British Blizzards – How Does Your Contact Centre Deal With Them?

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We didn’t quite get the white Christmas we wished for this December and instead, received it by the bucket load this January. A little overdue, the snow hit hard, particularly here at Cactus Search. Layered with thermals and snow shovels in hand, we were prepared.

…But were you?

When snow hits the UK, we have a tendency to let everything freeze up. Trains are delayed, traffic comes to a standstill and children are out enjoying snow days. Call centres, however, still manage to brave the hail, snow and storms, and continue operate for the good of their customers. The snow brings with it many problems, particularly when Mr. A’s boiler breaks – because who’s he going to call for help? Those contact centres that deal in insurance, breakdowns and accident calls tend to see an increase in calls their way – and therefore it’s only right that they operate to deal with the high volumes of callers.

It’s at times like this that a good intra-day or real time person in your planning function can make all the difference – but there are a number of other ways that contact centres can deal with bad weather conditions. We’ve been doing a spot of investigating, and we’ve come up with a few ways to keep your centre running smoothly when a good old British blizzard hits:

Preparing Ahead: Companies located in areas that are used to poor weather tend to prepare ahead, informing staff that there could be travel disruptions or difficulties getting into work. Leaving earlier than usual and taking different routes can aid in this. And don’t forget to keep an eye on the local weather forecast!

Support Staff: When snow hits, we believe that you and your colleagues have to pull together. Support staff are in place that can be contacted and assist with travel, or arranging travel, for several staff members. This might make changes on day-to-day shifts but all in all, the phones will still be manned.

Taxi Service: Staff who can’t get in but live close enough (a few miles) can be ferried in by on-site, company cars. We’re not talking snow mobiles but instead, 4-by-4’s that are properly equipped to drive in all conditions. This system seems to work particularly well (particularly in maintaining those KPI’s!)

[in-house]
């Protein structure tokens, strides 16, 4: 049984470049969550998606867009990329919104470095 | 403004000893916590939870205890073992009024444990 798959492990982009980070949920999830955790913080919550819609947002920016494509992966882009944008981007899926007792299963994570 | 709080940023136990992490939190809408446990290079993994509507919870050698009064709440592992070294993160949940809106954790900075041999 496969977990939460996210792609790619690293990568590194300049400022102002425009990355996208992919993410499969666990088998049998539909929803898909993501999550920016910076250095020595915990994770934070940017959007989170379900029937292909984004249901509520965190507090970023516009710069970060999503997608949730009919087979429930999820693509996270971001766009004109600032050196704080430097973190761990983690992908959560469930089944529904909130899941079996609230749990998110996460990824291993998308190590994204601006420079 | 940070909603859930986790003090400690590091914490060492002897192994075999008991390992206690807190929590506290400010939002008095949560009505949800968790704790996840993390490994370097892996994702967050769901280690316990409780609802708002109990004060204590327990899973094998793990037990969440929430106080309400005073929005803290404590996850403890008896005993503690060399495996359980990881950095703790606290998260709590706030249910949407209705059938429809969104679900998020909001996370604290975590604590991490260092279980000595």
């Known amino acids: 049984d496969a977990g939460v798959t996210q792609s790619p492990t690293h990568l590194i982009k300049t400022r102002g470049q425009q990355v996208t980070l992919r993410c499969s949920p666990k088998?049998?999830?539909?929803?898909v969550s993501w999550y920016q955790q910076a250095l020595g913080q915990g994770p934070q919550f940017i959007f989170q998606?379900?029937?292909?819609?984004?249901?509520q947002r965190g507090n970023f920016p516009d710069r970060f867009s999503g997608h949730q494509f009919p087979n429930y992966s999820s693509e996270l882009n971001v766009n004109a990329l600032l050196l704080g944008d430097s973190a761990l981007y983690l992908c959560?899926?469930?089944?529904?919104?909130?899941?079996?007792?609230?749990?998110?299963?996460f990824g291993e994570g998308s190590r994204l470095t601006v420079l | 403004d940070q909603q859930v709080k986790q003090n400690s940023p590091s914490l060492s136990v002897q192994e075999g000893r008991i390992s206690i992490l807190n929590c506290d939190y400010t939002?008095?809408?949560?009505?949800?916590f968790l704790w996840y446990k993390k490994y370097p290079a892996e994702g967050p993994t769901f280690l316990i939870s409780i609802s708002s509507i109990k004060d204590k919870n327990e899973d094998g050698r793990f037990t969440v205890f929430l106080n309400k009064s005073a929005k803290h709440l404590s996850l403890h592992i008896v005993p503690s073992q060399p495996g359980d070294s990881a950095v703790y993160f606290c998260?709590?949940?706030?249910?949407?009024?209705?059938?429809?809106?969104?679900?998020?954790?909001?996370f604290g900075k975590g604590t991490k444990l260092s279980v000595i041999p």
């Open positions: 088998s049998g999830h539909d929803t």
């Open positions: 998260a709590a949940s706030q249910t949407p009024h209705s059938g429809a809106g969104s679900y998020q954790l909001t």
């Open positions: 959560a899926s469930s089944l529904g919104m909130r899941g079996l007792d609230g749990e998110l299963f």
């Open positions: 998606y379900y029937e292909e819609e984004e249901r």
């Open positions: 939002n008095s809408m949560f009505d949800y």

Working From Home: When you’re snowed in, the only possible way you’re going to work is from home. Account Handlers in a Bedfordshire company are armed with laptops to productively carry on with work from home. And don’t worry – we won’t tell if you want to take a break and pop outside to build a snowman.

Robots and Automation: Snow-melting robots would be a really cool addition in improving the weather conditions. Sadly they haven’t been invented (yet), so contact centres have to rely on computer systems… Which aren’t quite as fun. However, automated programs are in place to deal with customers and callers to prevent snow from disrupting the general business. Automated systems can also help when you have staff in, if only to inform customers that there may be a longer waiting time due to the increase in calls (meaning they’re always kept in the loop!)

With blue skies creeping through the clouds, we might be on set for a sunny, if not warm spring. That said, we here at Cactus Search would love to hear how your contact centre goes about dealing with heavy snowfall (and other adverse conditions) – so let us know your thoughts!

2 thoughts on “British Blizzards – How Does Your Contact Centre Deal With Them?

  1. In my experience agents make the effort which is testament to the culture that is present.

    One critical element to consider of course is the safe return of our team players who have made it in (sometimes of course it only begins to snow when people have arrived for their shift).

    By understanding how far away people live from the Centre a contingency plan can be created and communicated so those with great distances to travel potentially leave first, or those reliant on public services can equally have a leave time brought forward.

  2. Certainly food for thought there Paul!

    It’s easy to overlook what happens when people arrive at work and THEN it starts snowing. Contingency (and forecasting) plans seem to work well, preparing for what could be the worst gives employees a greater chance of combating the poor weather conditions!

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